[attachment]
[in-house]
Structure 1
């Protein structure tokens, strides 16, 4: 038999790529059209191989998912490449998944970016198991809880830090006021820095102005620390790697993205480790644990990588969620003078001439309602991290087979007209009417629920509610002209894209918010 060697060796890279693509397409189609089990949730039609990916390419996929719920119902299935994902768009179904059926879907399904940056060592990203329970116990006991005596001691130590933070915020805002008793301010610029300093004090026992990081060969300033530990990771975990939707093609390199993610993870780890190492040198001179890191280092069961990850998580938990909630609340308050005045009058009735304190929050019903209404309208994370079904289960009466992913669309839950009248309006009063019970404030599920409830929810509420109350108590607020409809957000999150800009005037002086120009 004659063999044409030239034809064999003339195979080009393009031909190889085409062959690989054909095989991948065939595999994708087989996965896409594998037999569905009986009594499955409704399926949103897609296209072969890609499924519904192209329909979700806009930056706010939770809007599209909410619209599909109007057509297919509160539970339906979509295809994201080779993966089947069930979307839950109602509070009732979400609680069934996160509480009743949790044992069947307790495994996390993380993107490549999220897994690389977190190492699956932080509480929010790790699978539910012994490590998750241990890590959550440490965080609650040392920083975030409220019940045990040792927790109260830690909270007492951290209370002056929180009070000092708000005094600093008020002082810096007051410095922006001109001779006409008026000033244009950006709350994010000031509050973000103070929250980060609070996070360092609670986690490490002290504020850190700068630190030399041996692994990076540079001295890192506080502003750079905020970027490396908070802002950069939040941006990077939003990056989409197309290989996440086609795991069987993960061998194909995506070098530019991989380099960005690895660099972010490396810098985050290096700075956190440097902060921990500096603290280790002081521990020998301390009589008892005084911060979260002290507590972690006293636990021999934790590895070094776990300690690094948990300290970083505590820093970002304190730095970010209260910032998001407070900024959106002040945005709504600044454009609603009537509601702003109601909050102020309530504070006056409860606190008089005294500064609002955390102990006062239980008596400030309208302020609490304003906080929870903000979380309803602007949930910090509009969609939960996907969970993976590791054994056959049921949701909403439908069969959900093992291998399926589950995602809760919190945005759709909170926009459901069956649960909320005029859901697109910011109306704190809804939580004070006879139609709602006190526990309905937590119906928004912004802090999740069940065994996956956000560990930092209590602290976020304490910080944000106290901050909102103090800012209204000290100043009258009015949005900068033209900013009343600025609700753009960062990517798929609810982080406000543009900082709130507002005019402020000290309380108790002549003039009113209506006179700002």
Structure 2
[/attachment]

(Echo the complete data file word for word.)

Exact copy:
[in-house]
Structure 1
């Protein structure tokens, strides 16, 4: 038999790529059209191989998912490449998944970016198991809880830090006021820095102005620390790697993205480790644990990588969620003078001439309602991290087979007209009417629920509610002209894209918010 060697060796890279693509397409189609089990949730039609990916390419996929719920119902299935994902768009179904059926879907399904940056060592990203329970116990006991005596001691130590933070915020805002008793301010610029300093004090026992990081060969300033530990990771975990939707093609390199993610993870780890190492040198001179890191280092069961990850998580938990909630609340308050005045009058009735304190929050019903209404309208994370079904289960009466992913669309839950009248309006009063019970404030599920409830929810509420109350108590607020409809957000999150800009005037002086120009 004659063999044409030239034809064999003339195979080009393009031909190889085409062959690989054909095989991948065939595999994708087989996965896409594998037999569905009986009594499955409704399926949103897609296209072969890609499924519904192209329909979700806009930056706010939770809007599209909410619209599909109007057509297919509160539970339906979509295809994201080779993966089947069930979307839950109602509070009732979400609680069934996160509480009743949790044992069947307790495994996390993380993107490549999220897994690389977190190492699956932080509480929010790790699978539910012994490590998750241990890590959550440490965080609650040392920083975030409220019940045990040792927790109260830690909270007492951290209370002056929180009070000092708000005094600093008020002082810096007051410095922006001109001779006409008026000033244009950006709350994010000031509050973000103070929250980060609070996070360092609670986690490490002290504020850190700068630190030399041996692994990076540079001295890192506080502003750079905020970027490396908070802002950069939040941006990077939003990056989409197309290989996440086609795991069987993960061998194909995506070098530019991989380099960005690895660099972010490396810098985050290096700075956190440097902060921990500096603290280790002081521990020998301390009589008892005084911060979260002290507590972690006293636990021999934790590895070094776990300690690094948990300290970083505590820093970002304190730095970010209260910032998001407070900024959106002040945005709504600044454009609603009537509601702003109601909050102020309530504070006056409860606190008089005294500064609002955390102990006062239980008596400030309208302020609490304003906080929870903000979380309803602007949930910090509009969609939960996907969970993976590791054994056959049921949701909403439908069969959900093992291998399926589950995602809760919190945005759709909170926009459901069956649960909320005029859901697109910011109306704190809804939580004070006879139609709602006190526990309905937590119906928004912004802090999740069940065994996956956000560990930092209590602290976020304490910080944000106290901050909102103090800012209204000290100043009258009015949005900068033209900013009343600025609700753009960062990517798929609810982080406000543009900082709130507002005019402020000290309380108790002549003039009113209506006179700002």
Structure 2